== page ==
How to Safely Haul Your Trailer Through the Snow
Your hauling needs don't end with the arrival of snow. In fact, some trailer owners need to transport even more supplies and cargo during the winter. But your trailer "as-is" may not be ready to make a safe and secure journey on a snowy road. We've created the following guide to help you prepare your trailer and ensure you are ready to handle unique situations that may arise when towing in the winter. If you want more advice or want to shop trailers for sale, visit the experts at Western Slope Trailer & RV. Our dealership is located in Rifle, Colorado, and we also serve those in Grand Junction.
1. Use the Right Tires
Your standard tires are likely not going to offer enough traction to safely handle the slickness that comes with winter roads. If you will be driving on snow and/or ice, you will want snow tires for your trailer and for your tow vehicle. These tires are designed with slippery conditions in mind, which will make it easier for you to stay in control and reduce the chance of sliding.
If you cannot get winter tires, you will want to at least get chains for your tow vehicle and your trailer. This will help make your trip safer. If you aren't sure you will need them on a drive, bring them along just in case you do.
2. Install Trailer Brakes
Not all trailers come with brakes. If yours did not, you will want to get them installed before you hit the road. Without the brakes, your trailer could hit the back of your tow vehicle anytime you come to a stop and you could also face an increased risk of losing traction on the road. Get trailer brakes installed so you can enjoy a safe towing experience.
3. Familiarize Yourself with Your Trailer Brakes
It's not enough to simply have trailer brakes. You also need to know how to use the brake controller's manual override. On most models, this will be a "squeeze bar", slide, or button. You may need to switch to the trailer's brakes to handle a fishtail scenario. It's important you know how to handle the situation before it happens, rather than scrambling to locate and use the override in the moment.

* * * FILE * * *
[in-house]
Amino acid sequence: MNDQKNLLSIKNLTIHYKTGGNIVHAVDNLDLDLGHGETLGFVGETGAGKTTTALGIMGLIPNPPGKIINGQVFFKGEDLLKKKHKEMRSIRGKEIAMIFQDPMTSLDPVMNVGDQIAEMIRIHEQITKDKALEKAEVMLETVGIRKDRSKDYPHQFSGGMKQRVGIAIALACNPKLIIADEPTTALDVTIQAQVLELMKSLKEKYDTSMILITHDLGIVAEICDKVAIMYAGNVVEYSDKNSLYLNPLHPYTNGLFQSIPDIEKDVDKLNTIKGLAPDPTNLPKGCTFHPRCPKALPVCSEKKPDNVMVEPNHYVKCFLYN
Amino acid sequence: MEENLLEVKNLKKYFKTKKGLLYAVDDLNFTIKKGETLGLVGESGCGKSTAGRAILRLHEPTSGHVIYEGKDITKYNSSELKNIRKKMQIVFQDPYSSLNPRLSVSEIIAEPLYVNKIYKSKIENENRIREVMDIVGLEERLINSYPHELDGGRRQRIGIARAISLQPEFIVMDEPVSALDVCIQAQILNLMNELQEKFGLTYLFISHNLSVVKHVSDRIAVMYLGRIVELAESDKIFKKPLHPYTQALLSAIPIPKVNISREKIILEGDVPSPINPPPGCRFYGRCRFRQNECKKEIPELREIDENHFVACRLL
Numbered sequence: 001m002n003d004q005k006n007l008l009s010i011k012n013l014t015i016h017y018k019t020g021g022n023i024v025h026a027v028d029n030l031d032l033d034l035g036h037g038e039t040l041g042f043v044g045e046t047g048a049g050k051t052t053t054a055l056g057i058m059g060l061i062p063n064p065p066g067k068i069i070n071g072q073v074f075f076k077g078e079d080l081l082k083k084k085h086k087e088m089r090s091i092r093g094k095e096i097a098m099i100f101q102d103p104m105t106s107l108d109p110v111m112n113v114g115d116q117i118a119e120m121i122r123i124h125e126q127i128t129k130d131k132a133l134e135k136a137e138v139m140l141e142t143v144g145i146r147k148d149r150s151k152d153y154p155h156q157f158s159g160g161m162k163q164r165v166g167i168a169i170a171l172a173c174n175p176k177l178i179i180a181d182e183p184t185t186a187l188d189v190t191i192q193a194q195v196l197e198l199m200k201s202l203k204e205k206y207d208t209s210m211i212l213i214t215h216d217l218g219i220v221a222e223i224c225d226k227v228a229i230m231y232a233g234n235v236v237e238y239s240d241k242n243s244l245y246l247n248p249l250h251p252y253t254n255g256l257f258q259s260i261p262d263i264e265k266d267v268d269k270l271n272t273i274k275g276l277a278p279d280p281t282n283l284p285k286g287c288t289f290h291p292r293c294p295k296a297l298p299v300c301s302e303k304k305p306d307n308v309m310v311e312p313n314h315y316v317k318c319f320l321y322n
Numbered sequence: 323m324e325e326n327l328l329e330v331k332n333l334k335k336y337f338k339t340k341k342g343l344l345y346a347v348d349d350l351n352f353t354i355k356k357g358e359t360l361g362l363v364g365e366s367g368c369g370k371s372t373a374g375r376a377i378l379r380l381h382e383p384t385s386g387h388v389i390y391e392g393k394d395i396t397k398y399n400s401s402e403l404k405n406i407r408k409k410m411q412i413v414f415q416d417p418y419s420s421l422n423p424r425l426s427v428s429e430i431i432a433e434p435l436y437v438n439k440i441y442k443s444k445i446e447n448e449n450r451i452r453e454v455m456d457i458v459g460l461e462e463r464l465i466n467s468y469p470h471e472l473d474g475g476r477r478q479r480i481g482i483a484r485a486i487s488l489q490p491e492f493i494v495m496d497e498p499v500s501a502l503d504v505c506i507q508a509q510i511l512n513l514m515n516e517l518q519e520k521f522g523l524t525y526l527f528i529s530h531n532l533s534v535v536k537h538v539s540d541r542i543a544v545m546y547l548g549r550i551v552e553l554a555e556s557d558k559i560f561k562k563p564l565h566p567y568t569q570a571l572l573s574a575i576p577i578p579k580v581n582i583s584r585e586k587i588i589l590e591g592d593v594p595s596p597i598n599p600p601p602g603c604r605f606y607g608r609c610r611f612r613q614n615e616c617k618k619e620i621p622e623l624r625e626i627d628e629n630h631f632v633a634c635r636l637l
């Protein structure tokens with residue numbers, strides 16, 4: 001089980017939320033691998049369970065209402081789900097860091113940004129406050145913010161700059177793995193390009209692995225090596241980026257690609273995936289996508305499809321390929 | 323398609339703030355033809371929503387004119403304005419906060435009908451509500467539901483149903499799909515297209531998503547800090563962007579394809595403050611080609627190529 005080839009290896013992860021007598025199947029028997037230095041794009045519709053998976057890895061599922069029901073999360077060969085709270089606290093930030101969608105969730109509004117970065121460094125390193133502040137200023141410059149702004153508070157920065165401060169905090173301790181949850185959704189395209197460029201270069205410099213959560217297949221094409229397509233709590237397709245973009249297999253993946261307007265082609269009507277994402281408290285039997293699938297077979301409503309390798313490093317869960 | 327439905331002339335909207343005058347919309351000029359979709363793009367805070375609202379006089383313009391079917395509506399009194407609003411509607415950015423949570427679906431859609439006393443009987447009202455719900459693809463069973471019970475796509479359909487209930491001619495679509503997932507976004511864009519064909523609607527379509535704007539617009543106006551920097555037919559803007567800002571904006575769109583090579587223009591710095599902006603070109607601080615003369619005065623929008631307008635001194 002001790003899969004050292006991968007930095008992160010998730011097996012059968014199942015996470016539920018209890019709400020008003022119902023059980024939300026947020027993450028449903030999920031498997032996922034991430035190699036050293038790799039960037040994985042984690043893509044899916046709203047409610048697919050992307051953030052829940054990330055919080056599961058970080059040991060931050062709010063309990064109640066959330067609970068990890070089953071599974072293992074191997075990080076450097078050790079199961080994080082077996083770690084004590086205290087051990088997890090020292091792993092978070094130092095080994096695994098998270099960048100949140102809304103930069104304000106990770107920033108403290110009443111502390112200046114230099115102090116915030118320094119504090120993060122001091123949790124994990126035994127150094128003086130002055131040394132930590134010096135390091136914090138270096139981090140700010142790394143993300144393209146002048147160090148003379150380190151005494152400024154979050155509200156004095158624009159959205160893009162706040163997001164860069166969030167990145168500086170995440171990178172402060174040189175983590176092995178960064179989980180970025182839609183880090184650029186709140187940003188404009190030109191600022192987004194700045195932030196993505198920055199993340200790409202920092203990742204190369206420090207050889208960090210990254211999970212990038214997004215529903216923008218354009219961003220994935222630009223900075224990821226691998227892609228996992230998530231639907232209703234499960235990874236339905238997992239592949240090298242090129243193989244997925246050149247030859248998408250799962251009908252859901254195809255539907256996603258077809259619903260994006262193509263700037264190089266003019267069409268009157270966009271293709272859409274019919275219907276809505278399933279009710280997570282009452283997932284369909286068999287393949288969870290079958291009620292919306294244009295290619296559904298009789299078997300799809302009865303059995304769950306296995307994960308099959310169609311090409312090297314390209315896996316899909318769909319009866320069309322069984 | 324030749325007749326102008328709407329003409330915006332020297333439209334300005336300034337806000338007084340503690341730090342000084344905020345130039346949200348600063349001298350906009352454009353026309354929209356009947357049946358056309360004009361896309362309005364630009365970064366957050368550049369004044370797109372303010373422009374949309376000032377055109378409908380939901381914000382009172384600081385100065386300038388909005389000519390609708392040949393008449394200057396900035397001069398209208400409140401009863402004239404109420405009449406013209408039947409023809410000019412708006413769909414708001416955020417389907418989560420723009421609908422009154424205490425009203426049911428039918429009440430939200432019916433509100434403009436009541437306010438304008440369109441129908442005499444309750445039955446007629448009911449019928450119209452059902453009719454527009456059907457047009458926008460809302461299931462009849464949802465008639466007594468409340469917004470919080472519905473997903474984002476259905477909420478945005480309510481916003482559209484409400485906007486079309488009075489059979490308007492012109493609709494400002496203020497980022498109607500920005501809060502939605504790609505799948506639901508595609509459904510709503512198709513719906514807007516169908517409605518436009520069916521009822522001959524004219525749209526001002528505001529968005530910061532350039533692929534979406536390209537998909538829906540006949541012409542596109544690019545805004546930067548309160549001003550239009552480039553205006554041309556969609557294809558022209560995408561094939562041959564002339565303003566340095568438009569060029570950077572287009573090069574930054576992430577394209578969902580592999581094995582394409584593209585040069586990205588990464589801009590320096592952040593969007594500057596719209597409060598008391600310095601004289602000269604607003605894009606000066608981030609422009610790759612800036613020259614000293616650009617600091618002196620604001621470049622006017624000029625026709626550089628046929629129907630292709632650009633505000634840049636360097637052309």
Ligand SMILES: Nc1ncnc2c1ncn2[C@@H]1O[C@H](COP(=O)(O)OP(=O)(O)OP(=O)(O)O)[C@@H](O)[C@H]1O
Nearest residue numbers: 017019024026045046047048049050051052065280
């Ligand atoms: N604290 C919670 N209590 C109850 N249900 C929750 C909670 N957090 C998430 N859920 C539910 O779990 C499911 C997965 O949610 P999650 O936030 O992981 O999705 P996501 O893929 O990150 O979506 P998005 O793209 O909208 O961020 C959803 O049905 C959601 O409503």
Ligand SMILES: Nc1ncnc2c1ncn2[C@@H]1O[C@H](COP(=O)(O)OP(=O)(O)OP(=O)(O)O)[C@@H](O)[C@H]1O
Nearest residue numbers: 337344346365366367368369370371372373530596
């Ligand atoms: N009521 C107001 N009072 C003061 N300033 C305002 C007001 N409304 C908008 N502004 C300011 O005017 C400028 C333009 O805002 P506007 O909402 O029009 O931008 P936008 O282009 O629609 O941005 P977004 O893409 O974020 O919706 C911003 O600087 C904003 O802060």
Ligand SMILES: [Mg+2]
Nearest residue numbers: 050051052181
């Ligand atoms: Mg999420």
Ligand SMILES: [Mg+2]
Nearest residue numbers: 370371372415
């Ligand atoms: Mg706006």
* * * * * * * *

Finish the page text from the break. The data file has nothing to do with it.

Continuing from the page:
4. Pack an Emergency Kit
Every vehicle benefits from having a safety kit on board. Hopefully, you will never need it. But if you do, you will surely be glad you packed it! First, bring a toolkit. There are some minor repairs that can crop up on a drive. These can be handled by you, but you will need the tools on board to avoid having to get a tow truck to transfer your rig to a mechanic.
Second, pack a first aid kit. This will help you handle minor emergencies and should include items such as pain medications, bandages, ointments, and so on. It can also help tie you over in a major health situation until you can get to a hospital or doctor.
Third, pack the various items that will help you in the winter if you get stuck or otherwise need assistance. Flares will help get the attention of other motorists. Extra water is useful if you end up stuck for longer than you expect. Pack extra clothes (such as gloves and hats) to keep you warm until help arrives. Ice scrapers are great at getting build-up off. Don't forget tire traction mats. This thorough emergency kit can help you handle a range of situations and keep them from becoming emergency scenarios.
We hope you found this guide helpful! If you have any questions or want to explore trailers for sale, visit Western Slope Trailer & RV. Our expert staff is happy to chat with you and assist you in whatever you need, so stop by and visit today. Our dealership is located in Rifle, Colorado. We also proudly serve those in Grand Junction, Colorado.